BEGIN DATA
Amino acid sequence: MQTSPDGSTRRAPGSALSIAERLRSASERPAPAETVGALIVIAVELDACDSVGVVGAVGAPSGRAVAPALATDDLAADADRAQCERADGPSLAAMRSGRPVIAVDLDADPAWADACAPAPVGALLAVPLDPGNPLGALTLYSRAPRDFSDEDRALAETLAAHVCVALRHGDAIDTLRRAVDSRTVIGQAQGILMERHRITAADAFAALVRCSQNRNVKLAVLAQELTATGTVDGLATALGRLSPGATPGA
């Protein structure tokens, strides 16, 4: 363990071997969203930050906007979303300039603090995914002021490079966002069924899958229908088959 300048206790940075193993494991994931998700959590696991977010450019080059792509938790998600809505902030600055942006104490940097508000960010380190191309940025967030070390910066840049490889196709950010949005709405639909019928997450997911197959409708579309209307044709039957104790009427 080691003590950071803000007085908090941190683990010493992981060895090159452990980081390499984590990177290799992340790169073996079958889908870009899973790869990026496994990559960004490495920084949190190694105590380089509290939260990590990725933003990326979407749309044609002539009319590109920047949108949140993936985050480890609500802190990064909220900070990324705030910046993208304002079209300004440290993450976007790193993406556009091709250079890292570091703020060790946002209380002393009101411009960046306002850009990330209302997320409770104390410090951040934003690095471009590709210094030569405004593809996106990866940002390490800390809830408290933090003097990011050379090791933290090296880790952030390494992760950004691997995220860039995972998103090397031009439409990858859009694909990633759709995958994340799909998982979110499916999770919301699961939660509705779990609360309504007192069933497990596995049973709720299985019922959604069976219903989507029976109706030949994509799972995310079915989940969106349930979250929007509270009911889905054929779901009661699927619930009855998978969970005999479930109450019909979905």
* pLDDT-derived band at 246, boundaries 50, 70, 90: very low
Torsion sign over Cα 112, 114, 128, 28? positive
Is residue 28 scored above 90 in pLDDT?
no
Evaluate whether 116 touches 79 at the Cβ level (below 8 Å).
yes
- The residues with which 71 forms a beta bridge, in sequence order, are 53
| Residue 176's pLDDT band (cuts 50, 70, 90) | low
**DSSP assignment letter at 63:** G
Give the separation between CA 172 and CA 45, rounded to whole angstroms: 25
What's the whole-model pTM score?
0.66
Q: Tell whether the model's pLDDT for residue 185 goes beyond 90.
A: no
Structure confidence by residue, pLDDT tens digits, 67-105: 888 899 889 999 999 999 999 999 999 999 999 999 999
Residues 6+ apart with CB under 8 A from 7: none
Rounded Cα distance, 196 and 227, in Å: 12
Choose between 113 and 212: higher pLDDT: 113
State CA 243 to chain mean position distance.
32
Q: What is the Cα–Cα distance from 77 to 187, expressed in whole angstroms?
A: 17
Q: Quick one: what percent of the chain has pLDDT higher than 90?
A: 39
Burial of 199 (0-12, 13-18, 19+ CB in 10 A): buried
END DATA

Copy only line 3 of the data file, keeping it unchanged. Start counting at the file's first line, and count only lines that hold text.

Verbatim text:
* pLDDT-derived band at 246, boundaries 50, 70, 90: very low